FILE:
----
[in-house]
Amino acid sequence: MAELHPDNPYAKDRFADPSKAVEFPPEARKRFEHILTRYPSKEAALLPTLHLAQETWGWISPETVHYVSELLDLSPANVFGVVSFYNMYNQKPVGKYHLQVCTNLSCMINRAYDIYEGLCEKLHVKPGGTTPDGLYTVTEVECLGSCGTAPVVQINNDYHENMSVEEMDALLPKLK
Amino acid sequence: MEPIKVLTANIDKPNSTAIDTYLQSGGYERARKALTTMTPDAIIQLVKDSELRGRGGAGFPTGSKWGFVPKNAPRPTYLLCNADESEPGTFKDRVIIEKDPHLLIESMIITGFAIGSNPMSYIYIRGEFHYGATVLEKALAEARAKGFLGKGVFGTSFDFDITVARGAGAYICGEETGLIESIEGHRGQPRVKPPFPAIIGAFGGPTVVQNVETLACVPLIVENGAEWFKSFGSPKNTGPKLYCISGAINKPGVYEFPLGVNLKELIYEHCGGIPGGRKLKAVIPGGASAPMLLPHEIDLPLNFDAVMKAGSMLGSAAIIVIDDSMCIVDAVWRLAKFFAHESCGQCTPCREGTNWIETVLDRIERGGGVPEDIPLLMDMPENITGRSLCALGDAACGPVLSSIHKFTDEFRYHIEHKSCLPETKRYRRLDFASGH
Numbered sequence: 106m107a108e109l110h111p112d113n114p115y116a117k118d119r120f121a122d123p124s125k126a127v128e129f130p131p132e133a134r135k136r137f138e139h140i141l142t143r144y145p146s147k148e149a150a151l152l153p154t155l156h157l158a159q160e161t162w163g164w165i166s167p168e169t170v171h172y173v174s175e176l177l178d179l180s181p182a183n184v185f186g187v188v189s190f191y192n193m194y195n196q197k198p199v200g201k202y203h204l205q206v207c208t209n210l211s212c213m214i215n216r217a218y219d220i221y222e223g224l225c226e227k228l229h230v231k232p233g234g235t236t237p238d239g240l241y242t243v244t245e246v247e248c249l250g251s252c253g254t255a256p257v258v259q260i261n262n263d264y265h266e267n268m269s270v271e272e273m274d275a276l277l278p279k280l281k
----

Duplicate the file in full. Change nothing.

[in-house]
Amino acid sequence: MAELHPDNPYAKDRFADPSKAVEFPPEARKRFEHILTRYPSKEAALLPTLHLAQETWGWISPETVHYVSELLDLSPANVFGVVSFYNMYNQKPVGKYHLQVCTNLSCMINRAYDIYEGLCEKLHVKPGGTTPDGLYTVTEVECLGSCGTAPVVQINNDYHENMSVEEMDALLPKLK
Amino acid sequence: MEPIKVLTANIDKPNSTAIDTYLQSGGYERARKALTTMTPDAIIQLVKDSELRGRGGAGFPTGSKWGFVPKNAPRPTYLLCNADESEPGTFKDRVIIEKDPHLLIESMIITGFAIGSNPMSYIYIRGEFHYGATVLEKALAEARAKGFLGKGVFGTSFDFDITVARGAGAYICGEETGLIESIEGHRGQPRVKPPFPAIIGAFGGPTVVQNVETLACVPLIVENGAEWFKSFGSPKNTGPKLYCISGAINKPGVYEFPLGVNLKELIYEHCGGIPGGRKLKAVIPGGASAPMLLPHEIDLPLNFDAVMKAGSMLGSAAIIVIDDSMCIVDAVWRLAKFFAHESCGQCTPCREGTNWIETVLDRIERGGGVPEDIPLLMDMPENITGRSLCALGDAACGPVLSSIHKFTDEFRYHIEHKSCLPETKRYRRLDFASGH
Numbered sequence: 106m107a108e109l110h111p112d113n114p115y116a117k118d119r120f121a122d123p124s125k126a127v128e129f130p131p132e133a134r135k136r137f138e139h140i141l142t143r144y145p146s147k148e149a150a151l152l153p154t155l156h157l158a159q160e161t162w163g164w165i166s167p168e169t170v171h172y173v174s175e176l177l178d179l180s181p182a183n184v185f186g187v188v189s190f191y192n193m194y195n196q197k198p199v200g201k202y203h204l205q206v207c208t209n210l211s212c213m214i215n216r217a218y219d220i221y222e223g224l225c226e227k228l229h230v231k232p233g234g235t236t237p238d239g240l241y242t243v244t245e246v247e248c249l250g251s252c253g254t255a256p257v258v259q260i261n262n263d264y265h266e267n268m269s270v271e272e273m274d275a276l277l278p279k280l281k